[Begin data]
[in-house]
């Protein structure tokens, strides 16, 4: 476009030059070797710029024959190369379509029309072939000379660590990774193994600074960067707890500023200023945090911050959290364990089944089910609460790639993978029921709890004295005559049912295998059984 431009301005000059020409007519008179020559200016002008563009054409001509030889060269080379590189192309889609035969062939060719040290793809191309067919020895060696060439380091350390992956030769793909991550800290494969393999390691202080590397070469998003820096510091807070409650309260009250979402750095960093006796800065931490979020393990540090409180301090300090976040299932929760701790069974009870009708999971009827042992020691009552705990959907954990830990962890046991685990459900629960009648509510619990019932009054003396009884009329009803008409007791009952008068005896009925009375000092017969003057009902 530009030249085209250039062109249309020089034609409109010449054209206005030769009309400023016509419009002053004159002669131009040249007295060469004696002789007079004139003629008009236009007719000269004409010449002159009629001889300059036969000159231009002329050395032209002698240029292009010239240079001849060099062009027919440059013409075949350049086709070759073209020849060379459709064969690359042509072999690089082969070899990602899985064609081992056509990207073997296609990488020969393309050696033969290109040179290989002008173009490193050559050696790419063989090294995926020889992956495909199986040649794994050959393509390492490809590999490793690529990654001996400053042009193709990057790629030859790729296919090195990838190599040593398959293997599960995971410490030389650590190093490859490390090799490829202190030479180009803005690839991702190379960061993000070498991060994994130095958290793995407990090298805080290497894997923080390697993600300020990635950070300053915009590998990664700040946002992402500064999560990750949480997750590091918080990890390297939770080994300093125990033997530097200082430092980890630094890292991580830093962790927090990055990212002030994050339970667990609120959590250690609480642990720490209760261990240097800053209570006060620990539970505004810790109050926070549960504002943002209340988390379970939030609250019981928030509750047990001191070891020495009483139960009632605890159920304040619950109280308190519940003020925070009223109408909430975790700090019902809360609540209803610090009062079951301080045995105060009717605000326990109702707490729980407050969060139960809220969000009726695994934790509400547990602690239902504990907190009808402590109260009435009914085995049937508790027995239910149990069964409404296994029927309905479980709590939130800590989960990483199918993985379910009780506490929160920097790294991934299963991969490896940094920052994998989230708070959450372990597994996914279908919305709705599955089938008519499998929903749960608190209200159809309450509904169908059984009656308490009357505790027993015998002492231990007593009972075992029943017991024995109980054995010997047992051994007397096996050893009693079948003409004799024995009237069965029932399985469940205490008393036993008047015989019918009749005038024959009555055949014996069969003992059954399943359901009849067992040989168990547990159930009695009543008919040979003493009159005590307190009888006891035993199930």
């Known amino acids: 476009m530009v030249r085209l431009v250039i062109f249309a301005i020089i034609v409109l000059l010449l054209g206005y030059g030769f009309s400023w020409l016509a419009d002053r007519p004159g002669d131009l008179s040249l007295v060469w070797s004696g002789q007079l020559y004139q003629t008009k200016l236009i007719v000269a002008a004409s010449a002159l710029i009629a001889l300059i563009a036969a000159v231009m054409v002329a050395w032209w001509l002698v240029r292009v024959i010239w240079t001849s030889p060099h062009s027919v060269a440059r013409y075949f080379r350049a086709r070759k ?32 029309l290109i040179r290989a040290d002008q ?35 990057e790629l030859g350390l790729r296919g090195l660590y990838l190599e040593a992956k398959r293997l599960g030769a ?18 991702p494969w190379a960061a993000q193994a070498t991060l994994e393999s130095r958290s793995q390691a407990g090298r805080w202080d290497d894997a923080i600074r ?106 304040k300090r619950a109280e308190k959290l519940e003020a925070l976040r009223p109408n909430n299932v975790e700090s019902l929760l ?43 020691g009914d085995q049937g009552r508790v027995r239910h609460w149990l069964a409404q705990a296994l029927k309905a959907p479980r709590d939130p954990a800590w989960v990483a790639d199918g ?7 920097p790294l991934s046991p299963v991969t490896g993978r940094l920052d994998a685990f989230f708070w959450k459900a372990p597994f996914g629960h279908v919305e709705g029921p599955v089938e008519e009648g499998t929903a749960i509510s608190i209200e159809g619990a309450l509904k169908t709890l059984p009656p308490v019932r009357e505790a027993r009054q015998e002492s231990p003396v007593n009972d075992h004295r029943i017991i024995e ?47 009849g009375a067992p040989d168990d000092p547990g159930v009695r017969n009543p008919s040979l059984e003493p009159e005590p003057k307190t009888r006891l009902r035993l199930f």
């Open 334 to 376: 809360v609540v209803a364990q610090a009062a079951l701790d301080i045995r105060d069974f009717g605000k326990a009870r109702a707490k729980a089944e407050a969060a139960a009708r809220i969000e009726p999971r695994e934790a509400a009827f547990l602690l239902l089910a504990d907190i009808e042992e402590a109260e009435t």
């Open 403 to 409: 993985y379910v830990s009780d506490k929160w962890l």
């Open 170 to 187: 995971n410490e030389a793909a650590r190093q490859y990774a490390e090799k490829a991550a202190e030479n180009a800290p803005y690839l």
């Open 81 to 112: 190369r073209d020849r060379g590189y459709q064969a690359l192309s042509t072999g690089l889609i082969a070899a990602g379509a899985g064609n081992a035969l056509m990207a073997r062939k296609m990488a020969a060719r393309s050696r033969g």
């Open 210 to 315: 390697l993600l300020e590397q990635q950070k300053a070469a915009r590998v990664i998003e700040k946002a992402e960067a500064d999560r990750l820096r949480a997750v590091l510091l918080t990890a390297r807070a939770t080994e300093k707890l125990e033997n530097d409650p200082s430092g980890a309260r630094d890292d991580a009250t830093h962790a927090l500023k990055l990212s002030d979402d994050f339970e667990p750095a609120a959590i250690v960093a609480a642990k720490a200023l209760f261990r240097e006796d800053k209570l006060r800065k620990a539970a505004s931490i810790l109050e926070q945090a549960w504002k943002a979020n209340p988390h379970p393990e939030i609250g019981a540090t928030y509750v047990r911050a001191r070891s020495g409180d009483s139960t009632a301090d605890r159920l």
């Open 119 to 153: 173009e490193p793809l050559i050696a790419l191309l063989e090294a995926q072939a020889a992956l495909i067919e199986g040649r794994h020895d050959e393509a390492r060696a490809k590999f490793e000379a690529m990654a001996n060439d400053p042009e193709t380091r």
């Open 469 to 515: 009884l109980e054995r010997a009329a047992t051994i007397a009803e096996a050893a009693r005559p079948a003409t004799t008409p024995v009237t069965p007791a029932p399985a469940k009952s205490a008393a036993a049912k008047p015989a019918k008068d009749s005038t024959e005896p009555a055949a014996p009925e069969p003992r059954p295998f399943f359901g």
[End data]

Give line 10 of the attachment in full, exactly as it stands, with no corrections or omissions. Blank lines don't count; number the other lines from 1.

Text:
């Open 469 to 515: 009884l109980e054995r010997a009329a047992t051994i007397a009803e096996a050893a009693r005559p079948a003409t004799t008409p024995v009237t069965p007791a029932p399985a469940k009952s205490a008393a036993a049912k008047p015989a019918k008068d009749s005038t024959e005896p009555a055949a014996p009925e069969p003992r059954p295998f399943f359901g």